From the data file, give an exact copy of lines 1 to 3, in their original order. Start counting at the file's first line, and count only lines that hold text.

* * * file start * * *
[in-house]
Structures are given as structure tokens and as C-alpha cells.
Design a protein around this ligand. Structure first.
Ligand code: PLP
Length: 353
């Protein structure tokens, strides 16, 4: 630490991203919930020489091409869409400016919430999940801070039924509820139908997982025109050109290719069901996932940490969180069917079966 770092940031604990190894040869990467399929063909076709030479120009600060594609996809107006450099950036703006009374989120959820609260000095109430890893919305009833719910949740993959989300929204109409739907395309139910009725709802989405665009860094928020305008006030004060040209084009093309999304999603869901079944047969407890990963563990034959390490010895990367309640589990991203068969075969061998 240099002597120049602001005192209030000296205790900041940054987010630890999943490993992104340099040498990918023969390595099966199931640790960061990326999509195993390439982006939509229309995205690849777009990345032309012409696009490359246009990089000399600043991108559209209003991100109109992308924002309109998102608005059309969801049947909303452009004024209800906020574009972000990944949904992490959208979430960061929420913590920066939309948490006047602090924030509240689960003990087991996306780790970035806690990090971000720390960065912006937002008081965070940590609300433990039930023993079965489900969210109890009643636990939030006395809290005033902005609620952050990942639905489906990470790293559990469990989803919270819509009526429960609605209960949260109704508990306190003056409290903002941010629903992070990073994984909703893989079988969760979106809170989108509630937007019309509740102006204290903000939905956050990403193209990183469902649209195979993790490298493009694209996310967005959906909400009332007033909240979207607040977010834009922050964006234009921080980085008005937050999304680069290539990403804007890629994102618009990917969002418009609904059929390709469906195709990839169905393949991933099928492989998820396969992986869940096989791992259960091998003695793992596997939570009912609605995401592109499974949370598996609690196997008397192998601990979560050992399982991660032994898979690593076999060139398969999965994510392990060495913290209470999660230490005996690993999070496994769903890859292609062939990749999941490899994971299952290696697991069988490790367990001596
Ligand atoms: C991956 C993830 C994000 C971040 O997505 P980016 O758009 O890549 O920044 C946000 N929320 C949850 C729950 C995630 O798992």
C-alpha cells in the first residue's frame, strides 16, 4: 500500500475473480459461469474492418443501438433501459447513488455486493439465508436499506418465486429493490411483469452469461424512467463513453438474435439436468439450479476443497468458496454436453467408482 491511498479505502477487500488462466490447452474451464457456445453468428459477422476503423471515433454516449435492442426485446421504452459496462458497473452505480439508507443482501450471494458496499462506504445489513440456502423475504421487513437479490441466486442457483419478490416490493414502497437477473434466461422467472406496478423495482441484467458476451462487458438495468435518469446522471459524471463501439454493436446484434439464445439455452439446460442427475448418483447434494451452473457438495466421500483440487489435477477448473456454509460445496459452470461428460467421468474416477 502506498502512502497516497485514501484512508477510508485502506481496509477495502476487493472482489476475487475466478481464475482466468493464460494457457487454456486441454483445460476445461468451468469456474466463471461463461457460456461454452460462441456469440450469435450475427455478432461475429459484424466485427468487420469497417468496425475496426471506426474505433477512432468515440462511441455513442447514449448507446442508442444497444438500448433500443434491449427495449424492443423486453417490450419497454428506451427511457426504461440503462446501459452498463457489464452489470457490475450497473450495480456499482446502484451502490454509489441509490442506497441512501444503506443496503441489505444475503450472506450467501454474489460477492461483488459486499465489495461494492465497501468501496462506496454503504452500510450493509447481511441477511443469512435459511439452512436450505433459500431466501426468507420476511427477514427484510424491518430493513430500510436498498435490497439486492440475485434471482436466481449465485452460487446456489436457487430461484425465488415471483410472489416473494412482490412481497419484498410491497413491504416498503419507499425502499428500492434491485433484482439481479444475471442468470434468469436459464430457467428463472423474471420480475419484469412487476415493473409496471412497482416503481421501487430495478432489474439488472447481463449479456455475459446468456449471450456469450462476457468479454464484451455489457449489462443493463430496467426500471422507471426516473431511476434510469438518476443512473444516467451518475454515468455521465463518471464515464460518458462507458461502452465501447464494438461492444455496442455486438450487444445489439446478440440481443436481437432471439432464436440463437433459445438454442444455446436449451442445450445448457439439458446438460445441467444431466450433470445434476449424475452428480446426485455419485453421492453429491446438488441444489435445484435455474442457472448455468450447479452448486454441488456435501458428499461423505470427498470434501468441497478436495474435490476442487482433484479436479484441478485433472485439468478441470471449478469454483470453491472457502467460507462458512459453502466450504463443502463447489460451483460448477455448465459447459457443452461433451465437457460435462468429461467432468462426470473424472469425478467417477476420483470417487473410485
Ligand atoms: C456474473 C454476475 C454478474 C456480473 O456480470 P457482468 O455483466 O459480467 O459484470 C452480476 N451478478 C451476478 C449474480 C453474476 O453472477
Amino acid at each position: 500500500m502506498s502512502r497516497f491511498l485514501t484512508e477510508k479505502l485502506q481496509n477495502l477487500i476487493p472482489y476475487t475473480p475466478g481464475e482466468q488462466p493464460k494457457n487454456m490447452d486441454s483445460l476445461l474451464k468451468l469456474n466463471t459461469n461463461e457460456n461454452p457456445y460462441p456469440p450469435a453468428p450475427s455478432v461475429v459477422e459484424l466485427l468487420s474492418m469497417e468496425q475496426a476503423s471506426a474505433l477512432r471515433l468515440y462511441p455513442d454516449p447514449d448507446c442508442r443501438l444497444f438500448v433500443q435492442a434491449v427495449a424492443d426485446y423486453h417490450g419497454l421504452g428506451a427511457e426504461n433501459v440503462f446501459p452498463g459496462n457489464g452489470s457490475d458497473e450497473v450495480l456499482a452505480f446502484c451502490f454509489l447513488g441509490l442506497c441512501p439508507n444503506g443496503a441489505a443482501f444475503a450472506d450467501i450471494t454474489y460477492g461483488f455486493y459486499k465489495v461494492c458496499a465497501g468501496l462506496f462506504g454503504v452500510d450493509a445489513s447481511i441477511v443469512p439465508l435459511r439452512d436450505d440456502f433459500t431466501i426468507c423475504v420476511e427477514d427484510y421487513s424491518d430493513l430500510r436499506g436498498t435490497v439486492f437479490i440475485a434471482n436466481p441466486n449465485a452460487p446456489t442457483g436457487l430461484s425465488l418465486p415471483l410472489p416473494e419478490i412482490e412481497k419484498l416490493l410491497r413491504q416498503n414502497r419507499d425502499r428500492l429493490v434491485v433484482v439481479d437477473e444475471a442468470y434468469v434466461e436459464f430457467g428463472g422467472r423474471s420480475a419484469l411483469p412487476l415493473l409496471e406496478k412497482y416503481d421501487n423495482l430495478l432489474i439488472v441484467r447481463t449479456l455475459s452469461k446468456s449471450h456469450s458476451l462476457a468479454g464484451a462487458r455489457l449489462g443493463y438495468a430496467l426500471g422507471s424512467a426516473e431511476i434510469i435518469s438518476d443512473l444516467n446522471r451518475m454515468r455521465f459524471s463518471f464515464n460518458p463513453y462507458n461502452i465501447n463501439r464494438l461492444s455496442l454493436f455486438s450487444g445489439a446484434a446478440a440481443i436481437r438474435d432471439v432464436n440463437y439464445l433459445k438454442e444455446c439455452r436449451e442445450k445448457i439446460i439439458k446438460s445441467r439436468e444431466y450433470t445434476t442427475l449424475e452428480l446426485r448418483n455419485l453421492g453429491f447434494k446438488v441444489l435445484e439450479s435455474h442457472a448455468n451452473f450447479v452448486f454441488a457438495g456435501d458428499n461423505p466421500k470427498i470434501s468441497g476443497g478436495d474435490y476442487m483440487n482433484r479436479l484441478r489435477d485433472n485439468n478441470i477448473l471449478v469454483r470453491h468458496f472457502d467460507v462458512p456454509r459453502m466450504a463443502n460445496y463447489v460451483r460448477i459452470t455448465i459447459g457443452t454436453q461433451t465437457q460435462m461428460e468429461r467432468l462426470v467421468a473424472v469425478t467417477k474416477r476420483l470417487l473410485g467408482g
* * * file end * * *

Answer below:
[in-house]
Structures are given as structure tokens and as C-alpha cells.
Design a protein around this ligand. Structure first.